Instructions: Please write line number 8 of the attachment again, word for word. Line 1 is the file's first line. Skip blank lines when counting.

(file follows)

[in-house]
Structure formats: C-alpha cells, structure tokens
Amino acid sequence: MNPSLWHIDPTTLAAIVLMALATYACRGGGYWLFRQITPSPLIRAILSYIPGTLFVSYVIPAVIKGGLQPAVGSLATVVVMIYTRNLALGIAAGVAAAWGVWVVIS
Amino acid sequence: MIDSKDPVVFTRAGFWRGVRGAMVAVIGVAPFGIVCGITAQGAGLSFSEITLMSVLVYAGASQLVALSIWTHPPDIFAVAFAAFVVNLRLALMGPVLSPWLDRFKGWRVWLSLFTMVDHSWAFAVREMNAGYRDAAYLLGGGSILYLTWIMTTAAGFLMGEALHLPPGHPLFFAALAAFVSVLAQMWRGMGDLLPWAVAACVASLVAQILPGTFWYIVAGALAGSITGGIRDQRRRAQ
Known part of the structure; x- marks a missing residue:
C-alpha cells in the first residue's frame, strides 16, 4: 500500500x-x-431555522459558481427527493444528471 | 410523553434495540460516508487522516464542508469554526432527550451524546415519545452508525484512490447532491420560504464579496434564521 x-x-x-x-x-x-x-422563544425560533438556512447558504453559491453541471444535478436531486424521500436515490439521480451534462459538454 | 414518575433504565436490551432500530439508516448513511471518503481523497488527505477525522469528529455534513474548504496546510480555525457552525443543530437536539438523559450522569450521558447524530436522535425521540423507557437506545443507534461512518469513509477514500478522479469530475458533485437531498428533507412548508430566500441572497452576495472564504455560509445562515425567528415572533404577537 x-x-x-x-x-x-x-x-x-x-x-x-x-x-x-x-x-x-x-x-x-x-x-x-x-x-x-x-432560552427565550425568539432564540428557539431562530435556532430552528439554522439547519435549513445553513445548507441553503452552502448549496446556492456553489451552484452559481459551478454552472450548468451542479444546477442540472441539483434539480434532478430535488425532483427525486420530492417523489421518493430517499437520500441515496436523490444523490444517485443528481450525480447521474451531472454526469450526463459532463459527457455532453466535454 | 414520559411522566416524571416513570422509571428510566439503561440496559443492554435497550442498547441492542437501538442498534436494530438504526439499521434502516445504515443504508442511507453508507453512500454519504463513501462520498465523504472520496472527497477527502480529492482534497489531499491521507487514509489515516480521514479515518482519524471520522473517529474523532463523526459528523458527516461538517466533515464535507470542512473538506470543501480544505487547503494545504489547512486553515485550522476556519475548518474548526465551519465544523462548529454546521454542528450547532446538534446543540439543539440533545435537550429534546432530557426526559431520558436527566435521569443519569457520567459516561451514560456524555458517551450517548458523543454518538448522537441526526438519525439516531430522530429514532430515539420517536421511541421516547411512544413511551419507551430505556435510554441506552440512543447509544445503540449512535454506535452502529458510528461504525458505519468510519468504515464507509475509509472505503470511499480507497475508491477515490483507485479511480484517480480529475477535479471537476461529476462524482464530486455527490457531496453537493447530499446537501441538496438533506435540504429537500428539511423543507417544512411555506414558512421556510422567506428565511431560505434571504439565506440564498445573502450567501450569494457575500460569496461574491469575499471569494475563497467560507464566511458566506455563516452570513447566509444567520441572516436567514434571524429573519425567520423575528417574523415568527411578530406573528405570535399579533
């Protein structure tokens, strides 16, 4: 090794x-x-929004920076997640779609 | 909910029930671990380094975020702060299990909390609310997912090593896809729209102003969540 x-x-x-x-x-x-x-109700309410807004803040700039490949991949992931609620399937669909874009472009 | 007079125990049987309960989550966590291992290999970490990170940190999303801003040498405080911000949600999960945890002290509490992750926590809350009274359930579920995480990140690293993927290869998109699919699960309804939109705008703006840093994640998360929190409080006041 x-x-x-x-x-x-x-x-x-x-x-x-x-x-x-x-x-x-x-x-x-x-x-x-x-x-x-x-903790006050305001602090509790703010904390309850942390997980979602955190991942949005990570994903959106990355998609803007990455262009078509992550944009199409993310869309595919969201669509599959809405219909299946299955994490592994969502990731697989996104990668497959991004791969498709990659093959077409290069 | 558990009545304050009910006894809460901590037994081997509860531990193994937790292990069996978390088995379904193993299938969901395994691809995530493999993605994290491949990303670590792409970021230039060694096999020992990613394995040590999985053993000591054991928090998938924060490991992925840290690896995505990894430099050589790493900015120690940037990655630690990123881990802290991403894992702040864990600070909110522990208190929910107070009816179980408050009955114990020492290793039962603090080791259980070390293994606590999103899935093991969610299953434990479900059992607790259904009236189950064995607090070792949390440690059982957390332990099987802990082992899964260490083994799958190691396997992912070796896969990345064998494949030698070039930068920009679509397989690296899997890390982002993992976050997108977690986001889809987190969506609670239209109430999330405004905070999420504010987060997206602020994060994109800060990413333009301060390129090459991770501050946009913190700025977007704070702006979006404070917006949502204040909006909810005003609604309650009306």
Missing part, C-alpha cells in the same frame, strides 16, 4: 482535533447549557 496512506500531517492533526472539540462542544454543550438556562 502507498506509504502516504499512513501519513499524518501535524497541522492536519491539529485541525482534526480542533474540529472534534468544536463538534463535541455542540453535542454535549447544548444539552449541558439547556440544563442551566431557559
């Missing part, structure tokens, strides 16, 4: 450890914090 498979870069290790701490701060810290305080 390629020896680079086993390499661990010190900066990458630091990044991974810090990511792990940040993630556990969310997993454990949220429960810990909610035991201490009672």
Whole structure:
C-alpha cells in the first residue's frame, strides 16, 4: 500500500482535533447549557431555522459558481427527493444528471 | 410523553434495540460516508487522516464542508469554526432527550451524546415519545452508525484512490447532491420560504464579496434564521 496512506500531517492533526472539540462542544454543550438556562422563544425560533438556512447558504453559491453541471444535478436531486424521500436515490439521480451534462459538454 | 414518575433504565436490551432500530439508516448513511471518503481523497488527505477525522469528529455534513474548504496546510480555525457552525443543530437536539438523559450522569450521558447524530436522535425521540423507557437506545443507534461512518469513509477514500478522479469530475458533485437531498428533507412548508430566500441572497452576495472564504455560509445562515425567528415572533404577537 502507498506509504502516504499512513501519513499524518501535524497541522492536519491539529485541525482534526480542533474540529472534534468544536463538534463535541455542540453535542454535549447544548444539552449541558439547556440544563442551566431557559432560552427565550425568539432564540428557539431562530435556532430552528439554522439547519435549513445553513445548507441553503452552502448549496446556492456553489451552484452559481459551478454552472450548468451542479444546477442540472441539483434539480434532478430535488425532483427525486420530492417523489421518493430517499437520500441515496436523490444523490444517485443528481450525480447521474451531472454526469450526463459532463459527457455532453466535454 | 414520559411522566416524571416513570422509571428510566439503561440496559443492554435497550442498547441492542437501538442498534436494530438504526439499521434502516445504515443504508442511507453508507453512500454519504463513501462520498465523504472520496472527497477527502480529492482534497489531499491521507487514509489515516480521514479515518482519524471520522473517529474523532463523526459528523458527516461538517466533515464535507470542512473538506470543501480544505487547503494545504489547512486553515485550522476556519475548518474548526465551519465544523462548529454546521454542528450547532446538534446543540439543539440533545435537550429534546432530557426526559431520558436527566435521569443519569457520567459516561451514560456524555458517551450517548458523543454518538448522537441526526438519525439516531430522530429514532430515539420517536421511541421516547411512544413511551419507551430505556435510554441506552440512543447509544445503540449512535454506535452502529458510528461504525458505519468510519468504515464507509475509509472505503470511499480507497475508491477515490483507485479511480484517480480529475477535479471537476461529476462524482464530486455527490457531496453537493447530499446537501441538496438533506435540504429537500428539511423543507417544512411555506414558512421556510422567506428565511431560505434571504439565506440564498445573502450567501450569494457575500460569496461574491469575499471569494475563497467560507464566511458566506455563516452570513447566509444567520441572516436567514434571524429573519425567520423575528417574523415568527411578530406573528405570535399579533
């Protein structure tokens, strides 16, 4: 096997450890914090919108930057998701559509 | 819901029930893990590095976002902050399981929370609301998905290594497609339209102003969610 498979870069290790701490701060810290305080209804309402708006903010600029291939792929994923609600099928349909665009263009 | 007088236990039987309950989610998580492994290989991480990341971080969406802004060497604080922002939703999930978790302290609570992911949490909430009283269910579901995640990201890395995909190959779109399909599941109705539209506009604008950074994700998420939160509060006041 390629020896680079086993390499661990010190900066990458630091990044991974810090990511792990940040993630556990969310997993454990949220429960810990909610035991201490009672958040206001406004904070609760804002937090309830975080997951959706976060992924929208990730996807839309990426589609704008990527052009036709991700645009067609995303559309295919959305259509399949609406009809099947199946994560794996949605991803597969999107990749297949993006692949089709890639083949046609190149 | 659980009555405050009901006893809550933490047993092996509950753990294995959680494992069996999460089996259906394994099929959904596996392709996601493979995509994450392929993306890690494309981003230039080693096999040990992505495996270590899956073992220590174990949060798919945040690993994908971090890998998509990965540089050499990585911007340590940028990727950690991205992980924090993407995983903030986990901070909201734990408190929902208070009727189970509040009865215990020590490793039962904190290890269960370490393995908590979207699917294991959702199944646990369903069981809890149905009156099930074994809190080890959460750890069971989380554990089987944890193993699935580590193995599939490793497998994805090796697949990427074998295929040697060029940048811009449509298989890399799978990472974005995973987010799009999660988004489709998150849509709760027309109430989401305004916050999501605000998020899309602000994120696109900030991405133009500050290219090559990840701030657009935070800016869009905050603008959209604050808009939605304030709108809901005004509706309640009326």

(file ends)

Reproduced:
Missing part, C-alpha cells in the same frame, strides 16, 4: 482535533447549557 496512506500531517492533526472539540462542544454543550438556562 502507498506509504502516504499512513501519513499524518501535524497541522492536519491539529485541525482534526480542533474540529472534534468544536463538534463535541455542540453535542454535549447544548444539552449541558439547556440544563442551566431557559